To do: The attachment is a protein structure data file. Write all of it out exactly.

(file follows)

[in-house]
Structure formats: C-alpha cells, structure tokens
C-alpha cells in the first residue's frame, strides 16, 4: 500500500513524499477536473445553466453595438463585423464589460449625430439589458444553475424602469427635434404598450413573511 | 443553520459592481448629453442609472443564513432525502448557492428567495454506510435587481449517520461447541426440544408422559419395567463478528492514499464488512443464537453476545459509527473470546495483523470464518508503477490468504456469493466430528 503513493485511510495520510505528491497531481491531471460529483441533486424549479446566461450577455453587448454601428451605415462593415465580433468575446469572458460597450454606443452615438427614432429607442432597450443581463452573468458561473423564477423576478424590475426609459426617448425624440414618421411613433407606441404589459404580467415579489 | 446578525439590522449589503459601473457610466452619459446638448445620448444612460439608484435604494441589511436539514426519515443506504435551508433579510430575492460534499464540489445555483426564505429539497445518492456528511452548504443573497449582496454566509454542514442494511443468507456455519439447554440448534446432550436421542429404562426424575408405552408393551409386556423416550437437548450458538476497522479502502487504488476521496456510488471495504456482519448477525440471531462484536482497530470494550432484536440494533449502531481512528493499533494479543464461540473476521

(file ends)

[in-house]
Structure formats: C-alpha cells, structure tokens
C-alpha cells in the first residue's frame, strides 16, 4: 500500500513524499477536473445553466453595438463585423464589460449625430439589458444553475424602469427635434404598450413573511 | 443553520459592481448629453442609472443564513432525502448557492428567495454506510435587481449517520461447541426440544408422559419395567463478528492514499464488512443464537453476545459509527473470546495483523470464518508503477490468504456469493466430528 503513493485511510495520510505528491497531481491531471460529483441533486424549479446566461450577455453587448454601428451605415462593415465580433468575446469572458460597450454606443452615438427614432429607442432597450443581463452573468458561473423564477423576478424590475426609459426617448425624440414618421411613433407606441404589459404580467415579489 | 446578525439590522449589503459601473457610466452619459446638448445620448444612460439608484435604494441589511436539514426519515443506504435551508433579510430575492460534499464540489445555483426564505429539497445518492456528511452548504443573497449582496454566509454542514442494511443468507456455519439447554440448534446432550436421542429404562426424575408405552408393551409386556423416550437437548450458538476497522479502502487504488476521496456510488471495504456482519448477525440471531462484536482497530470494550432484536440494533449502531481512528493499533494479543464461540473476521